by Mark English
Recent discussions concerning purportedly unacceptable content in children’s books from past decades got me thinking about my own childhood literary encounters.
I was not taught to read and write until my first year of formal education and even then (at the advanced age of six), I had misgivings about learning to read. I remember having the chilling realization that my learning to read would cut me off forever from that blissful world of being read to. In particular, the bedtime story ritual was doomed to oblivion.
That bedtime ritual had drawn on a fairly wide range of books, including some classics, but certain favorites had dominated. Works by Enid Blyton, some Little Golden Books, and a collection of stories from the BBC radio programme Listen with Mother come to mind.
One noteworthy example was Noddy Goes to Toyland, written by Enid Blyton and illustrated by Harmsen van der Beek. Though written for very small children, this work could be seen to have distinct philosophical dimensions, sociopolitical, logical and ontological.
The sociopolitical dimension relates to migration and pluralism. Noddy is a boy made of wood with a nodding head who was created by Old Man Carver, but runs away. A friendly brownie finds him wandering in the forest, naked and destitute, and takes him to Toyland. Noddy is a kind of refugee and potentially an illegal alien. A rather daunting public hearing is held, presided over by a bewigged judge, in order to decide whether he has a right to stay. It all hangs on the question of his identity, on what he is – specifically on whether he is really a toy.
Noddy is no Einstein. His naïveté and ignorance of basic physics and logic is a source of gentle humor in the book – as when, in building his house, he wants to start with the roof so that they will have protection in the event of rain.
Bedtime stories were by no means my last encounter with the work of the prolific and much maligned Enid Blyton.
My first-grade teacher was a very sweet natured, slightly chubby girl in the early stages of her induction into the dark reaches of the Institute of the Blessed Virgin Mary. She used to spend a lot of class time reading to us. The two books I remember couldn’t have been more different. Br’er Rabbit did nothing for me. I found the stories tedious, unpleasant and quite alien. In stark contrast, I loved Enid Blyton’s The Magic Faraway Tree. It was a real treat.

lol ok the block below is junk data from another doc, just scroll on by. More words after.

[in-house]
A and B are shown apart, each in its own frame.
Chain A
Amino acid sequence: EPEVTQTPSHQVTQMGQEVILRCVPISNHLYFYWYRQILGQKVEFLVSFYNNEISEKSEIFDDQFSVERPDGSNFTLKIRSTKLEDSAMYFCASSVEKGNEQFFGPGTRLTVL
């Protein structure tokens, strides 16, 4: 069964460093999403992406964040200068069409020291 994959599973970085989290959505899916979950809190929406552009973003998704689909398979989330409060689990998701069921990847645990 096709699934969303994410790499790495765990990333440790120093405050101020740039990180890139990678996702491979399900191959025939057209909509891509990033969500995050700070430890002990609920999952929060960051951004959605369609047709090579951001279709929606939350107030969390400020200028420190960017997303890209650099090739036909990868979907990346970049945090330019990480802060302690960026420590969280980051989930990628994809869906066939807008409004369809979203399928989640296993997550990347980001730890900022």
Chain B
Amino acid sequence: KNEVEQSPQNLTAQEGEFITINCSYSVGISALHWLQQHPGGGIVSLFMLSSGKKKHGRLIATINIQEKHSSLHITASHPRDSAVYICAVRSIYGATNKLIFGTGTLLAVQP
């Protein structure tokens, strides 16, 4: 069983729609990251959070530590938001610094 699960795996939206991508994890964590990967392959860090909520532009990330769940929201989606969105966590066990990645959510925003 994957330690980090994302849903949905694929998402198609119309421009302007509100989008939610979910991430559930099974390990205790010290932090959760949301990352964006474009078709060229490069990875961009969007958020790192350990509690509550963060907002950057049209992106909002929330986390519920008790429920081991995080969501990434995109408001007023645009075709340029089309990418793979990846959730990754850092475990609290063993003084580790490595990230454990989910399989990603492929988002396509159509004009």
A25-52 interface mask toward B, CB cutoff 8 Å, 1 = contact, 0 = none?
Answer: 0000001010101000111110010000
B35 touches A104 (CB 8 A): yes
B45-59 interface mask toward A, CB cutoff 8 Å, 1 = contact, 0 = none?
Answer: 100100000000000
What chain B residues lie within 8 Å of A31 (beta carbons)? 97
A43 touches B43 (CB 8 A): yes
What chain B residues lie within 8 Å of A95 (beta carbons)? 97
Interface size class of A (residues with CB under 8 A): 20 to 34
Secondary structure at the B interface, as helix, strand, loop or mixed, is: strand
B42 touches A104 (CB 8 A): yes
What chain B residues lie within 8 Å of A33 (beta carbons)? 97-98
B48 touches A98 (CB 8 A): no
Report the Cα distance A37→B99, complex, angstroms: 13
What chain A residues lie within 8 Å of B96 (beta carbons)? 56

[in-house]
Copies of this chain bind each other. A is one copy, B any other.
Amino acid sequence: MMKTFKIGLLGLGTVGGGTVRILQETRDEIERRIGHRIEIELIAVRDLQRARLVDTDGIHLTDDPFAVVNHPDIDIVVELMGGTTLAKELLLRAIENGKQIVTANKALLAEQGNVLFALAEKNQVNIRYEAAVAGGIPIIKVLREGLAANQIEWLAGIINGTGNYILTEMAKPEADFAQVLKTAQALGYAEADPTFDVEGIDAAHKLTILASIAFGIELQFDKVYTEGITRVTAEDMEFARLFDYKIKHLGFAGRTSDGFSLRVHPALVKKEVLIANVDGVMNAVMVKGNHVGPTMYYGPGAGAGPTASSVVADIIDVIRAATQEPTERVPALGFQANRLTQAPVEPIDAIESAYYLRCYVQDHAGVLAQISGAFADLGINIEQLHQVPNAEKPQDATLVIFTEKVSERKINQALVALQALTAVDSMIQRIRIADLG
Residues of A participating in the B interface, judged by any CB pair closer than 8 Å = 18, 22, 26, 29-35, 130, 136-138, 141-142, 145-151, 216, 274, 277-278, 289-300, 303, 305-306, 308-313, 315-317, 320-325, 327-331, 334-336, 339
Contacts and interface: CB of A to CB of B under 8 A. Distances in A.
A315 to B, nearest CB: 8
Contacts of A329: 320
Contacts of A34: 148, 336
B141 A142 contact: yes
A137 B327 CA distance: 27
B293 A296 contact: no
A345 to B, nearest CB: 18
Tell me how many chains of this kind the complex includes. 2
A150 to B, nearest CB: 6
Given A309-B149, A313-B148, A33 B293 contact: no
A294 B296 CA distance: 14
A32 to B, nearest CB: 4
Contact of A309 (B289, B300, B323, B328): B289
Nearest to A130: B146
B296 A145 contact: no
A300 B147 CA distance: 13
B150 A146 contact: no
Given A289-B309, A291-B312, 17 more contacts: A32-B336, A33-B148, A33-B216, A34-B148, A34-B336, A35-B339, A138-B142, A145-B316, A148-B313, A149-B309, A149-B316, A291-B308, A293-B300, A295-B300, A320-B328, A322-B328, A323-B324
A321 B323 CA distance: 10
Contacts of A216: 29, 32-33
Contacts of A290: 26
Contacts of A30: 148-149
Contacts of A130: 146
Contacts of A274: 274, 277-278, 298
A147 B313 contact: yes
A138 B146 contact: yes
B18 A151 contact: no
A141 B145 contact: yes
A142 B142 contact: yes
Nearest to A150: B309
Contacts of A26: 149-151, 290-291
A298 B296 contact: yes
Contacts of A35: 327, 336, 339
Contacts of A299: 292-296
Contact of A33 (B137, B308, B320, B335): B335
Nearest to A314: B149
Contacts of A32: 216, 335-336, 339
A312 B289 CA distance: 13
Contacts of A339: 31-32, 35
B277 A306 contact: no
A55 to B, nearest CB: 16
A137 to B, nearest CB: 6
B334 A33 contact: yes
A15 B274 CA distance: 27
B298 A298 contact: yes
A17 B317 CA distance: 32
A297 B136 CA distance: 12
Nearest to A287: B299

The book was the second in a series of popular fantasies for children about a gigantic magical tree which grew in an enchanted wood. Dick comes to stay with his cousins Jo (a boy, by the way), Bessie and Fanny who live in a house near the wood. He is at first skeptical of his cousins’ claims about the enchanted wood and the tree but soon gets involved in their adventures.
At the top of the tree, there is a ladder that leads to a magical land. This land is different on each visit, because each place moves on to make way for another. The children are free to come and go, but they must leave before the land moves on, or they will be stuck there until that same land returns. The lands at the top of the tree are often idyllic but are sometimes extremely unpleasant – for example, the Land of Dame Slap, a nasty schoolmistress.
As attitudes to physical violence changed, Dame Slap’s behavior was toned down, and in revised editions she appears as the completely non-violent but still sharp-tongued Dame Snap.
More generally, entire passages were rewritten in revised editions to remove descriptions of violence. For instance, when the tree is taken over by goblins, original editions have the intruders being vigorously fought off by the giant tree’s established residents. Mr. Watzisname pummels them “as if he were beating carpets” and the Saucepan Man throws his saucepans at them. Absurdly, these passages were replaced with vague references to “chasing”.